By Jamie H. Vaught
C.M. Newton has seen a lot of SEC basketball tournaments during his long career.
He participated in the conference tourney as a UK player (in 1951 before it was discontinued after the 1952 season and later revived in 1979) and as the head coach at Alabama and Vanderbilt. He later was also UK athletics director for several years.
And the personable Newton, who recently celebrated his 85th birthday, again will be coming to the SEC Tournament this week in Nashville in a different role -- SEC Basketball Legend. The likeable gentleman is one of 14 men who have been selected for the 2015 Allstate SEC Basketball Legends. (Representing UK as SEC Legend this year is Bob Burrow.)
A former four-time SEC Coach of the Year, Newton -- who is representing Alabama -- will be recognized Thursday afternoon at the tournament during the halftime of the Alabama-Florida game. The retired coach said he is very pleased with the latest honor.
"This is a big deal to me and I look forward to attending the tournament in Nashville," said Newton in an e-mail.
As you'll recall, Newton was a very successful coach at Alabama. He coached the Crimson Tide for 12 seasons, mostly during the 1970s, compiling a record of 211-123 along with three consecutive SEC titles. In addition, four of Newton's teams finished 14th or higher in the final national rankings.
He also had a big part in improving racial relations in SEC basketball. While coaching in the prejudiced deep South, Newton, in a controversial move, managed to jump-start the integration in Alabama's sports program by signing the school's first African-American scholarship athlete, Wendell Hudson, in 1969. And, of course, Newton later hired Tubby Smith in 1997 as UK's first African-American basketball coach.
"In signing Wendell Hudson, you were correct in that there were many difficulties," said Newton, a member of the Naismith Memorial Basketball Hall of Fame. "You must remember that in 1969 Wendell was the only black athlete at the University of Alabama. Asking Tubby Smith to replace Rick Pitino as basketball coach at the University of Kentucky in 1998 was a good hire. Wendell's and Tubby's appointments seemed like the natural thing to do. I didn't think of them as 'black or white.' My only thought was: Could they do the job?"
Hudson, by the way, was Alabama's SEC Legend in 2000 and the 1973 SEC Player of the Year.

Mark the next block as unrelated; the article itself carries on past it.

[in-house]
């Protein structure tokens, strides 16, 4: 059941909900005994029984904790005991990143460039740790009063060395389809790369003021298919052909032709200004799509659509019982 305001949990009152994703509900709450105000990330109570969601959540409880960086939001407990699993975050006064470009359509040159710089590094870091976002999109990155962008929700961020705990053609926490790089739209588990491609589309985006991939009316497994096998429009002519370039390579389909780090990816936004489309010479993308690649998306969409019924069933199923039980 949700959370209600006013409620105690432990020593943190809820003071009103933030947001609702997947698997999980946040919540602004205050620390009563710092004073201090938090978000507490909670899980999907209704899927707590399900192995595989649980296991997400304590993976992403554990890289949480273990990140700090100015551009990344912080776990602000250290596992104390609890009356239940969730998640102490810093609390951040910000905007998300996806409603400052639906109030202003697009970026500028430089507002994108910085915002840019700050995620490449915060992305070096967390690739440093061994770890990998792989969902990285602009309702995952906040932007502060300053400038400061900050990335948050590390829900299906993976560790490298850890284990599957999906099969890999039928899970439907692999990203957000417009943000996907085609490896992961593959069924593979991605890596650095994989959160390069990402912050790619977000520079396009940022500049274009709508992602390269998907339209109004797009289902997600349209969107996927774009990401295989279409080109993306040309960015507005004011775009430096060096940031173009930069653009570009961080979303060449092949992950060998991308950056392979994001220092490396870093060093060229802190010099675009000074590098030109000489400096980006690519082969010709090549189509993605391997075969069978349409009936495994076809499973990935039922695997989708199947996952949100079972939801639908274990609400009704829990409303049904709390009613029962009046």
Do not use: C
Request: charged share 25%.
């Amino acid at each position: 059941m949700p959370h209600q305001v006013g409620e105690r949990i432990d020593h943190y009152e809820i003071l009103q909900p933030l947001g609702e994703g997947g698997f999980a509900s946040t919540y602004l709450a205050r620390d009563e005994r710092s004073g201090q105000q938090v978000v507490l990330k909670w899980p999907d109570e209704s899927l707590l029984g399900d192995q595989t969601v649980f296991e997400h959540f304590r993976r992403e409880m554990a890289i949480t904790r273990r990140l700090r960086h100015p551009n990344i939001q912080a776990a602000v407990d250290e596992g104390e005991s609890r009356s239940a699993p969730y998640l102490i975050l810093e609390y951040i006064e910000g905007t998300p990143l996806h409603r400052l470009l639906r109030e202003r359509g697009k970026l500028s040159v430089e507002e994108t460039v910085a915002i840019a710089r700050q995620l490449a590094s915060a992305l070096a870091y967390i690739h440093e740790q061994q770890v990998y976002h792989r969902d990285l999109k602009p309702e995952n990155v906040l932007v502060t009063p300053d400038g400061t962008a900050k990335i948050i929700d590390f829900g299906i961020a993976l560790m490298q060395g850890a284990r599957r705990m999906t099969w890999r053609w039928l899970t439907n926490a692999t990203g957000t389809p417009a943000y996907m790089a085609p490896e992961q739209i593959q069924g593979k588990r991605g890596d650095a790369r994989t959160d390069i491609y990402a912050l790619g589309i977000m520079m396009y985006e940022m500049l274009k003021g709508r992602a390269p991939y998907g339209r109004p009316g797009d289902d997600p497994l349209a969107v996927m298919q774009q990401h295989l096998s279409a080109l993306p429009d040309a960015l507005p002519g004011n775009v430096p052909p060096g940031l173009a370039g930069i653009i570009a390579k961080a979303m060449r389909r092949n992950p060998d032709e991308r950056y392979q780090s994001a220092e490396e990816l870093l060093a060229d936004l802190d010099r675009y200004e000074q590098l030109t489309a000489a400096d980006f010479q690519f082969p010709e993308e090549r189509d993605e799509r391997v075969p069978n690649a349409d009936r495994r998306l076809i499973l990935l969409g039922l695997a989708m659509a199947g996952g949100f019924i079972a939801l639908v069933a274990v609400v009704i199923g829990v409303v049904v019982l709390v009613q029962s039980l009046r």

In 1989, after Newton left his head coaching post at Vanderbilt to become the athletics director at probation-ridden Kentucky, his first major task was to find a new hoops boss for the Wildcats. If the new AD could not lure a proven coach to Lexington, he himself would have coached the Cats for the 1989-90 season.
"In becoming the athletics director I was faced with the task of hiring a head basketball coach," Newton recalled. "I made the judgment that one person, Rick Pitino, could do the job. Rick accepted, preventing me from having to take on the job myself."
Not surprisingly, Newton has been following college basketball, especially top-ranked Kentucky, this season. He has seen the 2014-15 Wildcats play in person and on TV. He really enjoys this group of UK players.
"There is a lot to like about this team," said Newton, who now lives in Tuscaloosa, Ala. "First, they are very unselfish. They share the ball extremely well. Secondly, the Cats have extreme height and reach; this makes them a very good defensive team. Finally, the job that John Calipari has done with this team is remarkable and can't be ignored. The current Wildcat team should win it all, in my opinion."
As far as heath is concerned, Newton, who once served as the head coach at Transylvania during his early days, said he is feeling much better.
"This last year was a difficult one, however, I am regaining my health and look forward to the future," he said.
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With Kentucky high school state basketball tournaments taking place this week (girls' tourney at Bowling Green) and next week (boys' tourney at Lexington), I thought you might be interested to know there is a recently-published book that is perhaps the most comprehensive listing of Kentucky prep basketball records and facts that I have ever seen.
The 632-page book is titled "Kentucky High School Basketball Encyclopedia 1916-2013" (Acclaim Press, $39.95) and is compiled by statistician and editor Jeff Bridgeman, who spent 10 years researching and putting together this massive effort. The hardcover includes the records of statistics of every high school team (boys and girls) that are listed by year from 1916 to 2013, Coach of the Year winners, Mr. & Miss Basketball winners, All A State Classic participants and scores, All-State teams, Sweet Sixteen All-Tournament teams, numerous team pictures, among others.
And, for me, I was able to locate my immediate relative who was the basketball coach at a tiny high school during the late 1950s.
Nevertheless, if you are a high school hoops junkie, it is a nice copy to have for your library.
The book is available on Amazon.com and Acclaimpress.com.
Jamie H. Vaught, a longtime columnist in Kentucky, is the author of four books about UK basketball. He is the editor of KySportsStyle360.com online magazine and a professor at Southeast Kentucky Community and Technical College in Middlesboro. You can follow him on Twitter @KySportsStyle. He can be reached via e-mail at KySportsStyle360@gmail.com.